LIVING SINGLE IN NYC
by Grace Anders
|Is dating really a numbers game?-- by hownowdesign via Flickr|
I have a very bad habit: I tend to overthink everything. In fact, I can't even go to stores like H&M, because I get overwhelmed with the options. I can't make a decision, and go home to look at everything online in an organizational manner-- which is kind of ironic -- because once I buy the clothing, that clothing is going to spend its lifespan disorganized somewhere in my closet, the backseat of my car, or in a suitcase perpetually waiting to be unpacked.
Anyway, in my usual manner, I decided to evaluate my dating prospects by applying something everyone with a liberal arts graduate degree loves: math! This was spurred by an evaluation of my messages on OkCupid – a dating website for those committed enough to make an online profile, but not committed enough to actually pay for it. I have 256 messages from guys since I joined, and I've replied to 14; a reply rate of slightly under five percent. There are 8,336,6971 people in New York, and, on average, 49.22 percent of the population is male – that means that if I'm only interested in five percent of them, it still leaves 205,082 men available to me.
|Is he a prospect?--by Ed Yourdon via Flickr|
But wait – not all of those men are available. Research suggests 1/10 men are attracted to men (and I've on occasion wondered if this wasn't the vast majority of men in certain areas of NYC) So that only leaves 184,574 (and a half!) men I could date.
But, that's not true either. The average guy lives to age 75. So (and this what republicans may know as 'fuzzy math.') there are 2,460 men/boys of each age in the city – 2,460 20-year-olds, 2,460 21-year-olds, 2,460 22-year-olds, etc. My age range is (and this is broad, because I'm all about salt-and-pepper hair) 28 to 40. So now, with a 12-year age range, that leaves 29,531.91 potential matches. I guess the .91 must be a short guy.
But wait (again!), I don't want to date a married guy, so that rules out, um, a bunch. The average age of marriage in the US is 29 for men, but people get married later in NYC – hedge funds and vodka-launch parties are more important. So, even if 50 percent of the men in my age range are single (and I think that's generous,) I'm now down to 14,766. For comparison, that means every eligible man for me could fit inside Madison Square Garden, with plenty of elbow room.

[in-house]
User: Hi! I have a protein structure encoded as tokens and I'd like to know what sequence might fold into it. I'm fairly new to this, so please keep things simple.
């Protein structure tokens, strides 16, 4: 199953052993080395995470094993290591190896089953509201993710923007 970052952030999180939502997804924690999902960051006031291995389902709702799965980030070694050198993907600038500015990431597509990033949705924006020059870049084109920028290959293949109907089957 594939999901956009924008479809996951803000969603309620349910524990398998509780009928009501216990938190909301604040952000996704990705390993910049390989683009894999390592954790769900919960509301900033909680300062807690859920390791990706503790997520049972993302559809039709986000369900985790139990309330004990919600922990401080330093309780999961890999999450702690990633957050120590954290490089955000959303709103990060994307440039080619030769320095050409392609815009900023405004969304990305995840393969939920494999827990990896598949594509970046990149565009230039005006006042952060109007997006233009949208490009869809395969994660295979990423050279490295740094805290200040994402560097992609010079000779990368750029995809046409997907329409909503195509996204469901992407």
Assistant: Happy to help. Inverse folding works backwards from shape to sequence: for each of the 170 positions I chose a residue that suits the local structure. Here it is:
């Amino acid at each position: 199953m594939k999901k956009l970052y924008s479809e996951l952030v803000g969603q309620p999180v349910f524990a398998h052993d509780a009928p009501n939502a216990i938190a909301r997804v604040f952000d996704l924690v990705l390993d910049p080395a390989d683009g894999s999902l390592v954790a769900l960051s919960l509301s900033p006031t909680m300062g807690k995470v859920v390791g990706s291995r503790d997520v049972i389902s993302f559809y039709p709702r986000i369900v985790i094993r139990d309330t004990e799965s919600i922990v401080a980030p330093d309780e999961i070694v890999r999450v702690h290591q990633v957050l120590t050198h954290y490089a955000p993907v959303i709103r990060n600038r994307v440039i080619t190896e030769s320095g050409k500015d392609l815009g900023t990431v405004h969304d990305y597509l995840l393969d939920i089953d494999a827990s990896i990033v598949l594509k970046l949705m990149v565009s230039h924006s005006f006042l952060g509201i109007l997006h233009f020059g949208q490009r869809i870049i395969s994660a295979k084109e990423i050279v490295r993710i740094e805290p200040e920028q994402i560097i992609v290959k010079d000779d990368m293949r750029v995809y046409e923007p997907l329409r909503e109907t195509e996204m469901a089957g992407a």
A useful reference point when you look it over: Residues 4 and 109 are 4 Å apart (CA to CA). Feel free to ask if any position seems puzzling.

|This is still a lot of men to choose from--via wikipedia|
Unfortunately, those are only the basics. There are a few points on which I'm not quite ready to compromise. It's very important to me that the person I date be politically aware (45 percent of the population, so down to 6,645 men) and democratic (68 percent of the NYC population; down to 4452 men.)
And here's the nail in the coffin: he has to be a skier; a sport enjoyed by a staggering four percent of the population. Ouch. 4452 multiplied by .04 is 178 men.
|My man has to be a skier--by jsmjr via Flickr|
So for fun, let's add a few other qualities I was hoping I could have:
If I want a guy who is better looking than, say, half of all other guys: 89 guys are left for me.
If I want a guy with a bachelors degree: 21 men. An advanced degree narrows the field further to just 8 men.
And if I want a man who scuba dives, watches zombie movies, has a dog, rocks facial scruff and enjoys modern art? I'm not bothering to calculate, because the statistics will probably suggest that he doesn't exist; at least not in the tri-state area.
Sadly, in all of these scenarios, I didn't even take into account the percentage of men who already have a girlfriend.
|How many New York men already have a girlfriend?--by videocrab via Flickr|
...and now it's time to end this post, because I clearly need to revisit some of my ignored OkCupid messages.
Any source not listed comes from Wikipedia, the most accurate and obsessively-updated website on the planet.